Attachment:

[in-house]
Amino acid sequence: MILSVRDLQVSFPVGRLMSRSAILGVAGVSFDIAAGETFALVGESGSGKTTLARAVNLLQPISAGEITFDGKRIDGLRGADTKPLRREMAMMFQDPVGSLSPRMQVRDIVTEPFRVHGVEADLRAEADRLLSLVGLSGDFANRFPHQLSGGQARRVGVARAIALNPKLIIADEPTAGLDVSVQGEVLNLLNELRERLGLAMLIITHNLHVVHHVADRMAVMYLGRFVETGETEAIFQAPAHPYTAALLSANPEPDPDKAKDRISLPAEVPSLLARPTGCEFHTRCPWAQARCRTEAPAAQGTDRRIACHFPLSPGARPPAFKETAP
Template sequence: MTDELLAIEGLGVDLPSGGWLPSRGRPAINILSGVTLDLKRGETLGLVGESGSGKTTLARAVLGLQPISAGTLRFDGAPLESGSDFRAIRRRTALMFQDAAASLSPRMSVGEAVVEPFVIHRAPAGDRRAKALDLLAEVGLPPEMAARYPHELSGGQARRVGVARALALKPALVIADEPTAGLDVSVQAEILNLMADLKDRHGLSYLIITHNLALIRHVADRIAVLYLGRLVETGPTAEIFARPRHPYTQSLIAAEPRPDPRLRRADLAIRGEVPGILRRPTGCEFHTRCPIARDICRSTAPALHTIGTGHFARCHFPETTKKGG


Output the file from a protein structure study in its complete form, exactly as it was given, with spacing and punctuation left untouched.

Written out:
[in-house]
Amino acid sequence: MILSVRDLQVSFPVGRLMSRSAILGVAGVSFDIAAGETFALVGESGSGKTTLARAVNLLQPISAGEITFDGKRIDGLRGADTKPLRREMAMMFQDPVGSLSPRMQVRDIVTEPFRVHGVEADLRAEADRLLSLVGLSGDFANRFPHQLSGGQARRVGVARAIALNPKLIIADEPTAGLDVSVQGEVLNLLNELRERLGLAMLIITHNLHVVHHVADRMAVMYLGRFVETGETEAIFQAPAHPYTAALLSANPEPDPDKAKDRISLPAEVPSLLARPTGCEFHTRCPWAQARCRTEAPAAQGTDRRIACHFPLSPGARPPAFKETAP
Template sequence: MTDELLAIEGLGVDLPSGGWLPSRGRPAINILSGVTLDLKRGETLGLVGESGSGKTTLARAVLGLQPISAGTLRFDGAPLESGSDFRAIRRRTALMFQDAAASLSPRMSVGEAVVEPFVIHRAPAGDRRAKALDLLAEVGLPPEMAARYPHELSGGQARRVGVARALALKPALVIADEPTAGLDVSVQAEILNLMADLKDRHGLSYLIITHNLALIRHVADRIAVLYLGRLVETGPTAEIFARPRHPYTQSLIAAEPRPDPRLRRADLAIRGEVPGILRRPTGCEFHTRCPIARDICRSTAPALHTIGTGHFARCHFPETTKKGG